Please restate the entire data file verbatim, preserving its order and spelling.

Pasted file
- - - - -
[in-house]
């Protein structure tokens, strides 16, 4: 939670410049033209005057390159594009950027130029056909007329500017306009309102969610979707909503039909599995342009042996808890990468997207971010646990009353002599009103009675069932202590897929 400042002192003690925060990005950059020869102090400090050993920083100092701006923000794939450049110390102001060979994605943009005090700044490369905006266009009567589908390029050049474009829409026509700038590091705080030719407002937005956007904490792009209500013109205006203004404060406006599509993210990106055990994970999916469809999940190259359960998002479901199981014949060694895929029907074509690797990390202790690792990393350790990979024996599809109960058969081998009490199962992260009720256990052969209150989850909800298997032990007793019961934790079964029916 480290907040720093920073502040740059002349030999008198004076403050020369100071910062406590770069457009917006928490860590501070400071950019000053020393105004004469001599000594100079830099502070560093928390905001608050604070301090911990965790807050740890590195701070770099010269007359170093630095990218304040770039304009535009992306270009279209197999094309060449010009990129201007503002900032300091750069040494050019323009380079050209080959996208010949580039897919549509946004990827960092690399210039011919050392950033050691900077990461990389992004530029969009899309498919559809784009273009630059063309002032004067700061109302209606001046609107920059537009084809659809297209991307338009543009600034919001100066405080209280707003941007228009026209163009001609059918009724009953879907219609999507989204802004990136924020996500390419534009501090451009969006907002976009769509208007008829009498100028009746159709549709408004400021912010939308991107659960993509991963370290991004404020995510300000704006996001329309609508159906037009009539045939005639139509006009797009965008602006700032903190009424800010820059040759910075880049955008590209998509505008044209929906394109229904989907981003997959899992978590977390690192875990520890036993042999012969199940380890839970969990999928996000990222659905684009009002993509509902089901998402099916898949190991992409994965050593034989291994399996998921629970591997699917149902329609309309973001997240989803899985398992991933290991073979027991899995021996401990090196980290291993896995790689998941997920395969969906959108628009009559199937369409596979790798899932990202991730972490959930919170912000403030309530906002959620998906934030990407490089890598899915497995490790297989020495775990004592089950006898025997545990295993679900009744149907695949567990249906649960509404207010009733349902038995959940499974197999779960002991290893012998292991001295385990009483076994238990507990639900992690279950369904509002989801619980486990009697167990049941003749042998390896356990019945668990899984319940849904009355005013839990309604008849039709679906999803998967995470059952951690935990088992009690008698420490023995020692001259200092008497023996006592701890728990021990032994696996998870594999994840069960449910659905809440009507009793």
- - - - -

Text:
[in-house]
């Protein structure tokens, strides 16, 4: 939670410049033209005057390159594009950027130029056909007329500017306009309102969610979707909503039909599995342009042996808890990468997207971010646990009353002599009103009675069932202590897929 400042002192003690925060990005950059020869102090400090050993920083100092701006923000794939450049110390102001060979994605943009005090700044490369905006266009009567589908390029050049474009829409026509700038590091705080030719407002937005956007904490792009209500013109205006203004404060406006599509993210990106055990994970999916469809999940190259359960998002479901199981014949060694895929029907074509690797990390202790690792990393350790990979024996599809109960058969081998009490199962992260009720256990052969209150989850909800298997032990007793019961934790079964029916 480290907040720093920073502040740059002349030999008198004076403050020369100071910062406590770069457009917006928490860590501070400071950019000053020393105004004469001599000594100079830099502070560093928390905001608050604070301090911990965790807050740890590195701070770099010269007359170093630095990218304040770039304009535009992306270009279209197999094309060449010009990129201007503002900032300091750069040494050019323009380079050209080959996208010949580039897919549509946004990827960092690399210039011919050392950033050691900077990461990389992004530029969009899309498919559809784009273009630059063309002032004067700061109302209606001046609107920059537009084809659809297209991307338009543009600034919001100066405080209280707003941007228009026209163009001609059918009724009953879907219609999507989204802004990136924020996500390419534009501090451009969006907002976009769509208007008829009498100028009746159709549709408004400021912010939308991107659960993509991963370290991004404020995510300000704006996001329309609508159906037009009539045939005639139509006009797009965008602006700032903190009424800010820059040759910075880049955008590209998509505008044209929906394109229904989907981003997959899992978590977390690192875990520890036993042999012969199940380890839970969990999928996000990222659905684009009002993509509902089901998402099916898949190991992409994965050593034989291994399996998921629970591997699917149902329609309309973001997240989803899985398992991933290991073979027991899995021996401990090196980290291993896995790689998941997920395969969906959108628009009559199937369409596979790798899932990202991730972490959930919170912000403030309530906002959620998906934030990407490089890598899915497995490790297989020495775990004592089950006898025997545990295993679900009744149907695949567990249906649960509404207010009733349902038995959940499974197999779960002991290893012998292991001295385990009483076994238990507990639900992690279950369904509002989801619980486990009697167990049941003749042998390896356990019945668990899984319940849904009355005013839990309604008849039709679906999803998967995470059952951690935990088992009690008698420490023995020692001259200092008497023996006592701890728990021990032994696996998870594999994840069960449910659905809440009507009793």